China is evolving from cheap hand assembly to fully automated manufacturing and has a huge internet sector. It has built the world's largest high-speed train network, put a rover on Mars and launched its own space station.

All this requires first-rate STEM education, which in China is supported by a government of engineers rather than lawyers. Most likely, when it comes to nation-building, the education data is expected to continue to evolve in its favor.

Asia Times last month was the first to report (China is first out of the gate to Industry 4.0, June 26, 2021) that China had the semiconductor capacity to work around American sanctions for critical applications such as 5G network build-out, and that China was moving rapidly to exploit 5G in a wide range of industries.

China is proposing to build nearly a million 5G base stations this year, vastly outpacing the rest of the world combined. Chinese industry sources, moreover, report that tens of thousands of dedicated 5G networks for factories, ports, warehouses, mines and urban transportation systems will be installed in the course of the next year.

In a July 2021 report on China's semiconductor industry, the US Semiconductor Industry Association wrote:

Just last month, China sent astronauts into space to board a new space station. Earlier this year, China landed a rover on Mars. Chinese state media reported that inside both China's space station and the Mars rover were 100% indigenously designed-and-produced semiconductors, signaling China's increasingly sophisticated microchip capabilities.

Buoyed by a booming market and these government investments, China is poised to be increasingly competitive in some semiconductor market segments.

In an August 4 commentary for Project Syndicate, Harvard Professor Graham Allison and former Google CEO Eric Schmidt warned:

Most Americans assume that their country's lead in advanced technologies is unassailable. And many in the US national security community insist that China can never be more than a "near-peer competitor" in AI. In fact, China is already a full-spectrum peer competitor in terms of both commercial and national-security AI applications. China is not just trying to master AI; it is mastering AI.

The Trump technology sanctions haven't slowed down China. On the contrary, China is gaining on the US and in some fields has overtaken it. Both for economic and strategic reasons, the Biden administration is likely soon to give Trump's failed China policy a decent burial and move on.

The US now imports about $550 billion a year from China, or almost a quarter of America's manufacturing output of $2.4 trillion on a GDP basis. Tariffs of 20% apply to about half of Chinese imports, so by simple arithmetic, the elimination of tariffs should reduce the cost of durable goods in the US by a bit over 2%.

Renmin University Professor Jin Canrong, a prominent Chinese academic closely followed in Washington, is quoted to have argued last week that inflation could bankrupt the US federal government by boosting the cost of interest on the federal debt. He added that the US needs China's supply chains to keep inflation under control ("Will China bail out Biden?," Aug. 3, 2021).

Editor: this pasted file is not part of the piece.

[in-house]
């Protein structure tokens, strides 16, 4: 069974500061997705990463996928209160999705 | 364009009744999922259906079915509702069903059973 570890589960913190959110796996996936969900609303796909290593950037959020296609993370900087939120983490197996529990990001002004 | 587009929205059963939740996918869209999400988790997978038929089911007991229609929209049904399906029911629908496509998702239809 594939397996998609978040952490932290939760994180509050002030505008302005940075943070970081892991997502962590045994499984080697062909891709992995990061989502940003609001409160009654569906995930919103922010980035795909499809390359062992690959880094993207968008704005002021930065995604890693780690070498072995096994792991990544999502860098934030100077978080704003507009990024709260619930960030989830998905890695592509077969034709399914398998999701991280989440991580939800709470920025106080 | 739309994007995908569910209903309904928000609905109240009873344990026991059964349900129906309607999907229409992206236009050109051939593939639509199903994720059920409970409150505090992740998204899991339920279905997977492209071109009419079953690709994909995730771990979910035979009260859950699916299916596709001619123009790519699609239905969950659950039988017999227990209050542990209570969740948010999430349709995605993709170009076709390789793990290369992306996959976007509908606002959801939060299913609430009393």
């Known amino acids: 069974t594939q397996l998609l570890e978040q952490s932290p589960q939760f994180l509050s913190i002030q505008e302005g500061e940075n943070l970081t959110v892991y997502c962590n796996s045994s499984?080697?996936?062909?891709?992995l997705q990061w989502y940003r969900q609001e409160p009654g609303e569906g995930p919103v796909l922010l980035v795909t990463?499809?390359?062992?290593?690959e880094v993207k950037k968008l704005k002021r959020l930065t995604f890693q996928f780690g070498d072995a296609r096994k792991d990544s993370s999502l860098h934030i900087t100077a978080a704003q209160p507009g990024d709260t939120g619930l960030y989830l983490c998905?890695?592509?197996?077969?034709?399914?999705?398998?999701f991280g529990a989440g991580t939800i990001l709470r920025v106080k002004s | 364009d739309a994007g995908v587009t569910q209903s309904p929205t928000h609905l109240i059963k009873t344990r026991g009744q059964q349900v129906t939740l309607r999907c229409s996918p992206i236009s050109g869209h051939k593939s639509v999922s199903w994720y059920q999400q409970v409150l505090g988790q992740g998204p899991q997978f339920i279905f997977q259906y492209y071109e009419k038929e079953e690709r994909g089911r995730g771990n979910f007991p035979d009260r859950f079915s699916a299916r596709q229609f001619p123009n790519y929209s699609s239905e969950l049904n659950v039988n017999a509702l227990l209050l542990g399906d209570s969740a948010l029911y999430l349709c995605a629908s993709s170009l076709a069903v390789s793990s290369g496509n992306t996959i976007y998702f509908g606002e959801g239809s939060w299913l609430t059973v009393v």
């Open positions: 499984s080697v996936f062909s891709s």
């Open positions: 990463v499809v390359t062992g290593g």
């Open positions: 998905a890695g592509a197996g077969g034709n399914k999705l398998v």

Last month, US Treasury Secretary Janet Yellen told the New York Times that tariffs "hurt American consumers." Since then-president Donald Trump imposed a 20% tariff on roughly half the goods America buys from China, the Treasury has collected about $100 billion in fees. Most of that was paid by US consumers.

Tariffs explain part of the explosion in durable goods inflation during the past year. Inflation is the most pressing economic issue for American voters, according to a Vox/Data for Progress poll released on August 3.

Indeed, according to David P. Goldman (US business pushes Biden for a China trade deal, published in Asia Times dated August 7, 2021) Trump era tariffs on Chinese imports are fuelling record US inflation and threaten Biden's chances at 2022 mid-term elections.

It was, therefore, no bolt from the blue to see the whole of the American business community-more than thirty major business organizations-speaking with one voice as it did in an August 5 appeal to the Biden administration to eliminate tariffs on imports from China. Never before was such a spectacle witnessed in US political history.

The US and China have held three rounds of high-level trade talks since early last month, but so far have failed to reach a compromise.

A deal is most likely and sooner than later because inflation could poison the Democratic Party's chances at 2022 mid-term elections and return control of the US Congress to the Republicans. Cutting tariffs is the quickest way to reduce inflation. Beyond the arithmetic of electoral politics, a consensus is emerging that the technology sanctions that Trump imposed on China have failed and may even have backfired.


India also "outstems" the US based on raw engineers it produces each year...

Yet you don't see US engineers leaving country and trying to find jobs abroad?? The same can't be said about China.....whose citizens would leave the first chance provided and many do leave to Australia, Europe or the US.

Not to mention the hundreds of thousands of Chinese who yearly study abroad in Western Universities. :D

And for all that "outstemming", the Chinese still had to hack F-35 files to finally get their own stealth aircraft. :disagree: